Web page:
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Photo Credit: RvB3nS via Compfight cc

“I have been asked to reply in a kind of testimony to the
question what Jesus Christ is for me. The request jolted me at
first, for I felt reminded painfully of the earlier question of
Pietists and the present-day question of theological
existentialists. Continue Reading…

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Photo Credit: Oh Kaye via Compfight cc

Once, I was part of an informal group of Christians who came across another informal group of Christians who were meeting in a different part of town. Upon finding one another, we began to cross-pollinate and attend one another’s gatherings. Eventually someone floated the idea that we should merge our respective groups and meet together as one, if only on occasion.

So we tried, and we failed. We had some good times, but in the end the merger just would not “take.” This despite the fact that there were people in both groups who had a passion for unity and for the Church to assemble around Christ alone.  Continue Reading…

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Photo Credit: powelli via Compfight cc

It’s been a while, but a new episode of the podcast is finally ready.

The subject this week is “The blessedness of the un-offended,” or “How to be hurt without being offended.” It is a brief and engaging look at the relationship between Jesus and John the Baptist.

Here are the scriptures referenced in this episode: Continue Reading…

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Photo Credit: royalflusher via Compfight cc

For years I have dreamed of a new New Testament, one that immerses the reader in the first-century story more than any other Study Bible or commentary has yet to do. I’m pleased to see the recent move toward more Chronological study Bibles and “Story” versions of Scripture void of chapter and verse, but I still feel like the best is yet to come.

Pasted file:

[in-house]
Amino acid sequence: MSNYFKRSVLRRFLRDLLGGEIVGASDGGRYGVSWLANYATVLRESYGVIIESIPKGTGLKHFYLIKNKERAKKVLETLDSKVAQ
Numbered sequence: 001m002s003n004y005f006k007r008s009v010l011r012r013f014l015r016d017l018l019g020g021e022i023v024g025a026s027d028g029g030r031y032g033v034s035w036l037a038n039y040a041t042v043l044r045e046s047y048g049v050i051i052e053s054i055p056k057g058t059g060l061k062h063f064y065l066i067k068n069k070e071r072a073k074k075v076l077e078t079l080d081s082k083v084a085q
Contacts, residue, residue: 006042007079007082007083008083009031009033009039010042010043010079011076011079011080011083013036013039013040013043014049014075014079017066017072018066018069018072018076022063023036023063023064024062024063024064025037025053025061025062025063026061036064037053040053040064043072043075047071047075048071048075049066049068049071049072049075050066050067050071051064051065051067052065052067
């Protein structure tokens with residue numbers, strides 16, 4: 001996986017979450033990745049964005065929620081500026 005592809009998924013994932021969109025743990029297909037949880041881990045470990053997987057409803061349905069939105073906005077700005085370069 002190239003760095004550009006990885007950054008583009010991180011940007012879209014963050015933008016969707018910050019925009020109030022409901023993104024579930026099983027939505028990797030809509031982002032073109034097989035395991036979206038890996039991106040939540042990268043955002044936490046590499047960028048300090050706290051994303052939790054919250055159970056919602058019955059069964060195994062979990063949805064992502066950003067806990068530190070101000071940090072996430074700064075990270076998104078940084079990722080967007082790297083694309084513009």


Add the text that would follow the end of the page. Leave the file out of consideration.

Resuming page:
A few people are moving in this direction. Frank Viola has written his Untold Story of the New Testament Church (I even hear there is a new version in the works). Gene Edwards did some work along similar lines before him. Bill Heroman is working like a dog between deliveries (he’s an amateur historian/truck driver) to delve into first century history, memory chronology, narrative theory, ect. Then of course there is a plethora of scholarly material one can use to piece together various strands of early Christian tradition. But again, I still feel like the best is yet to come.  Continue Reading…

Here is another article from my foray at House2House magazine on the practice of giving among Christians in simple church settings.

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Photo Credit: Lubori via Compfight cc

It goes without saying that the practice of giving is good. “It is more blessed to give than to receive,” the Lord is attributed by Paul as having said (Acts 20:35). Certainly we can all agree on that.

It is tempting, however, once you have discarded the obligatory “ten percent” mindset of institutional Christianity, to “throw out the baby with the bathwater” and forgo all intentional giving. But this tendency is mostly reactionary and is not characteristic of the Spirit of Christ.

Sure, “tithing” (as commonly taught and practiced) is not a New Testament concept. In fact, there is not a shred of evidence that the first century churches practiced a ritual weekly offering of ten percent of their income. Continue Reading…